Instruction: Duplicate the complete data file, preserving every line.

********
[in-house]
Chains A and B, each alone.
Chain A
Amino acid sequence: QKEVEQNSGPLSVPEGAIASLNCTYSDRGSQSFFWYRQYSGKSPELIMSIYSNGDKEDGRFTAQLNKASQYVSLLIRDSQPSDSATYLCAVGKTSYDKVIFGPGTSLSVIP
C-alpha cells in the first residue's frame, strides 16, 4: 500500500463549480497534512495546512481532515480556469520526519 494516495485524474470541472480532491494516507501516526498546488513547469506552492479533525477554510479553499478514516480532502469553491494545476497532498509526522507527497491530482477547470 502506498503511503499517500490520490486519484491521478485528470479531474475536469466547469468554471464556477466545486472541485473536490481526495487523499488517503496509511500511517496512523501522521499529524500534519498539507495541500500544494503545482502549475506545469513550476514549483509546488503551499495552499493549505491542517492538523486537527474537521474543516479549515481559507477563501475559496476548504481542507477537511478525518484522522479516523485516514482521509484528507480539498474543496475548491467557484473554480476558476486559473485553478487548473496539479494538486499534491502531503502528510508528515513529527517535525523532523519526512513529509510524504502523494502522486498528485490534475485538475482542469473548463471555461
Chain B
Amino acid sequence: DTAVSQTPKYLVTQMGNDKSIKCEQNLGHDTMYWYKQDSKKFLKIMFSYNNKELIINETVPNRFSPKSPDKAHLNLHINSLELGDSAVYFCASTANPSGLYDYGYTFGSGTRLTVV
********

[in-house]
Chains A and B, each alone.
Chain A
Amino acid sequence: QKEVEQNSGPLSVPEGAIASLNCTYSDRGSQSFFWYRQYSGKSPELIMSIYSNGDKEDGRFTAQLNKASQYVSLLIRDSQPSDSATYLCAVGKTSYDKVIFGPGTSLSVIP
C-alpha cells in the first residue's frame, strides 16, 4: 500500500463549480497534512495546512481532515480556469520526519 494516495485524474470541472480532491494516507501516526498546488513547469506552492479533525477554510479553499478514516480532502469553491494545476497532498509526522507527497491530482477547470 502506498503511503499517500490520490486519484491521478485528470479531474475536469466547469468554471464556477466545486472541485473536490481526495487523499488517503496509511500511517496512523501522521499529524500534519498539507495541500500544494503545482502549475506545469513550476514549483509546488503551499495552499493549505491542517492538523486537527474537521474543516479549515481559507477563501475559496476548504481542507477537511478525518484522522479516523485516514482521509484528507480539498474543496475548491467557484473554480476558476486559473485553478487548473496539479494538486499534491502531503502528510508528515513529527517535525523532523519526512513529509510524504502523494502522486498528485490534475485538475482542469473548463471555461
Chain B
Amino acid sequence: DTAVSQTPKYLVTQMGNDKSIKCEQNLGHDTMYWYKQDSKKFLKIMFSYNNKELIINETVPNRFSPKSPDKAHLNLHINSLELGDSAVYFCASTANPSGLYDYGYTFGSGTRLTVV